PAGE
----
I have been giving some thought to and doing a little digging relative to the current boom of our economy.  I came up with a few questions that give me pause.  At what point will the economy plateau or turn south?  The truth is I don’t really know the answers to most of these questions. Also, please forgive my grammar and punctuation.

Since an increase of corporate earnings is reflective in part by price increases, won’t there inevitably be a rise in inflation thus interest rates?  If the interest rate rises, won’t that cause there to be too much consumer debt especially with large financed purchases such as housing?  What will be the long term effect of the surge in refinancing?

Can the domestic capital and development investment boom continue indefinitely?

What long term effect if any, will  the NYSE’s activity with regard to investment into international markets have on American investment?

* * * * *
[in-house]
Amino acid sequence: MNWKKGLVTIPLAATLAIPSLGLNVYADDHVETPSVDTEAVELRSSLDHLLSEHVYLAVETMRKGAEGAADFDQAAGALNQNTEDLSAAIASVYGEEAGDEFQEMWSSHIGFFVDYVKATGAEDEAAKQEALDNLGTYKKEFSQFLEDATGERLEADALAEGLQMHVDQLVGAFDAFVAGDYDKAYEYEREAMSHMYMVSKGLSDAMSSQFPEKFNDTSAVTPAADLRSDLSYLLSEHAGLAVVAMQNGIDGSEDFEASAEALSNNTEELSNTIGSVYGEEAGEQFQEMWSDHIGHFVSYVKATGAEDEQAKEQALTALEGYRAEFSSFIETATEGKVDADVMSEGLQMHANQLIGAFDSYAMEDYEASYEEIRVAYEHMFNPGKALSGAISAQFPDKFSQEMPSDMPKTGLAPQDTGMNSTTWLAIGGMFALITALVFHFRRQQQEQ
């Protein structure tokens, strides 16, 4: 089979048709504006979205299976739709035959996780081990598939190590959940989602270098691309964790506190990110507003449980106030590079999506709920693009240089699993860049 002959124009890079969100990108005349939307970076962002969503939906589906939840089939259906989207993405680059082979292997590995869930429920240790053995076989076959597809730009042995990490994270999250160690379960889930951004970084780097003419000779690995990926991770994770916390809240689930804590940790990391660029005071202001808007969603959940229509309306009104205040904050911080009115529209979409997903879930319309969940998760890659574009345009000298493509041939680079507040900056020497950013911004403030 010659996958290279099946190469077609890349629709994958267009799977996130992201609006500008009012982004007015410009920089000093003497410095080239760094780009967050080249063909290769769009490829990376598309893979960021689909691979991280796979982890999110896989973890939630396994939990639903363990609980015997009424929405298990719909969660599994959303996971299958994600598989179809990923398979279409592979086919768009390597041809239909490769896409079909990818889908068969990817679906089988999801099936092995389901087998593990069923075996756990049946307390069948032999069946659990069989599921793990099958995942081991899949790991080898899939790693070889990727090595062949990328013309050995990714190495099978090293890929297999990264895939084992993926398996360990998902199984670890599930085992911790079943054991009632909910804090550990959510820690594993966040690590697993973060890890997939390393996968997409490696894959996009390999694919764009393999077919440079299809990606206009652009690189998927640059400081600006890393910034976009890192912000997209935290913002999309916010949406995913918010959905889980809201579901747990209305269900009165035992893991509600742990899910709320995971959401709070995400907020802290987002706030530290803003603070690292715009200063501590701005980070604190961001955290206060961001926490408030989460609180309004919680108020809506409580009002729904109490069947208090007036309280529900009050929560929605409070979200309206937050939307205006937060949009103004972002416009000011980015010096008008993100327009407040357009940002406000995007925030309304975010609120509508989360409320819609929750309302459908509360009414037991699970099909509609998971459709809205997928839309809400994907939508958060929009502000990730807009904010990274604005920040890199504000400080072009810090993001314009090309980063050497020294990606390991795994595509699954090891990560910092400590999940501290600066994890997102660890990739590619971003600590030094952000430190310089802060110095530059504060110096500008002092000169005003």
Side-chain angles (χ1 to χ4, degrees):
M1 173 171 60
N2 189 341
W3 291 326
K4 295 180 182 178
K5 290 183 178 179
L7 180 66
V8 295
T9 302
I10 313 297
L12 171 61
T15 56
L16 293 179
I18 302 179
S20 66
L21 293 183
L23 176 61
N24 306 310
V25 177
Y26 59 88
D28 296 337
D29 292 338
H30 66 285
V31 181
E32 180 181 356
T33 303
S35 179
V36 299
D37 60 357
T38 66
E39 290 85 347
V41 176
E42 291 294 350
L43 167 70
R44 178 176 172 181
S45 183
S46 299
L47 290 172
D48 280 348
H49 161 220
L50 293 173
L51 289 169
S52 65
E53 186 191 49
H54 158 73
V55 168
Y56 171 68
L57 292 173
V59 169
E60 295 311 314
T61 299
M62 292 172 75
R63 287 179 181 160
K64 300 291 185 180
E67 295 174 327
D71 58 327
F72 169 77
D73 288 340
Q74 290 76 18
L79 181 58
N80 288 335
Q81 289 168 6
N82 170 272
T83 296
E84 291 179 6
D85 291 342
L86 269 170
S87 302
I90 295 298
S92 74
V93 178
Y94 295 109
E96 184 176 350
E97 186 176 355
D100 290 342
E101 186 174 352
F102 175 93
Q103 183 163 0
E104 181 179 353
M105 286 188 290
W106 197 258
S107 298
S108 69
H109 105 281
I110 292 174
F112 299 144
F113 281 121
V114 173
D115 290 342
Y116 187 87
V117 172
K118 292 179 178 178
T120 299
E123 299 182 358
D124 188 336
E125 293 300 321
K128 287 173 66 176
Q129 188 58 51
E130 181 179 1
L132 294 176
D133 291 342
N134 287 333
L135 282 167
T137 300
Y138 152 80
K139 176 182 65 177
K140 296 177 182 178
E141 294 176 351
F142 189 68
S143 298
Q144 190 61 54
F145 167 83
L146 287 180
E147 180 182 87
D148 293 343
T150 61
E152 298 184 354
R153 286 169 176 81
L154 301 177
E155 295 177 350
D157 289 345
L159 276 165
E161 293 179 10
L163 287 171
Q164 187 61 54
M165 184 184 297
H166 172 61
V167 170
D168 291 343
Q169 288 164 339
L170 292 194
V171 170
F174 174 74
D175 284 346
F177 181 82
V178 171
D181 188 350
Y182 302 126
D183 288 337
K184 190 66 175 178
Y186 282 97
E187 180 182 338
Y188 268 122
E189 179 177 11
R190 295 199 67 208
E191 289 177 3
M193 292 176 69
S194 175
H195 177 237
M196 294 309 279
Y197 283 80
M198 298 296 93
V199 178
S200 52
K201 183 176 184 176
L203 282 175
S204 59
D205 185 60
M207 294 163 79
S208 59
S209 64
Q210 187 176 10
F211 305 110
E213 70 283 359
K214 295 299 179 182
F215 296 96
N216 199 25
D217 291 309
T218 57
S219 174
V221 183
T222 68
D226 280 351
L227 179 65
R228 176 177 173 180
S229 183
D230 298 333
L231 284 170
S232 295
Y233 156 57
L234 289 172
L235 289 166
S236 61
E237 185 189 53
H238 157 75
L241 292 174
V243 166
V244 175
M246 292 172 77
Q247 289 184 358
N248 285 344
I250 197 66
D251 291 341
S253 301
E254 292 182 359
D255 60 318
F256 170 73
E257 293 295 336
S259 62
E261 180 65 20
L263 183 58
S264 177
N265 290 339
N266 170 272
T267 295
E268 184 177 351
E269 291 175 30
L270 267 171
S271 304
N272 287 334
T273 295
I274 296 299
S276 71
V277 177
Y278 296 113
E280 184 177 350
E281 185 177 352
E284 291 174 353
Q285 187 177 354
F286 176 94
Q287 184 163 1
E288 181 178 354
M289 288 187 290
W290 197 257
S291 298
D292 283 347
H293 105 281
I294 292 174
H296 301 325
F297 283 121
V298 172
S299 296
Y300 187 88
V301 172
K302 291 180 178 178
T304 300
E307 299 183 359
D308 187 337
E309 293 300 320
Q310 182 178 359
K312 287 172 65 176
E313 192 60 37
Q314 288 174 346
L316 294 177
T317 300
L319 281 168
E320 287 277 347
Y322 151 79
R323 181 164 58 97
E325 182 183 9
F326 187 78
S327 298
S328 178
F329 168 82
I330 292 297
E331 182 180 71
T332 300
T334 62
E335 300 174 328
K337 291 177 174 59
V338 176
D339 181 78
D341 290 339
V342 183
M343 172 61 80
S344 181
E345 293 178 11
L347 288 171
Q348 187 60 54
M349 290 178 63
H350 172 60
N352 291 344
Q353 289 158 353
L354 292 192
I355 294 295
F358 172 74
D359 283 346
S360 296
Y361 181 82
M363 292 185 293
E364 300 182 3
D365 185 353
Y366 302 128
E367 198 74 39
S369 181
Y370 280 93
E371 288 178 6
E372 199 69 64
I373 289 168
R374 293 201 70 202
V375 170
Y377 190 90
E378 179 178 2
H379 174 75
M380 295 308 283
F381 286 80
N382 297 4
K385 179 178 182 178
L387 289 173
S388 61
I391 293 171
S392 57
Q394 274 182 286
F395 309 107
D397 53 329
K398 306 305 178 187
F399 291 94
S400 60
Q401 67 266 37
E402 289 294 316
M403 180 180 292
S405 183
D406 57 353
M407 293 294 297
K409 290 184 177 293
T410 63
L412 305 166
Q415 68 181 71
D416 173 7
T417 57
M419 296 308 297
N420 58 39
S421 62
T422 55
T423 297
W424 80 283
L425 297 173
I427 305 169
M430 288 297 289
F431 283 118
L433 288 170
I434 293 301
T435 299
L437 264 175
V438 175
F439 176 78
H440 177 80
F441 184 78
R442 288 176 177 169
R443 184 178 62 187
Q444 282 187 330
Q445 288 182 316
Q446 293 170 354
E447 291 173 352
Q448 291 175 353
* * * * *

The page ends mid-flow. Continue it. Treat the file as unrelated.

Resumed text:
With the proposed new tax plan and supposed reduction in deductions, won’t the real net percentage that corporations and other large businesses pay actually increase as opposed to the benefits of deductions and loopholes they enjoy now?  If there is significant tax savings for corporations, won’t companies use a significant amount of the money to pay dividends to their shareholders?  Since the earnings per share wouldn’t be adversely effected, won’t a significant number of businesses move the cash from the reduction of their tax liability offshore or increase their investment in the often lucrative foreign markets?  Who is going to pay the difference in the lost tax income?  Taxpayers?  Will we just throw it into the bucket along with the rest of our rapidly growing deficit?  How can conservatives support that or better yet, why would they?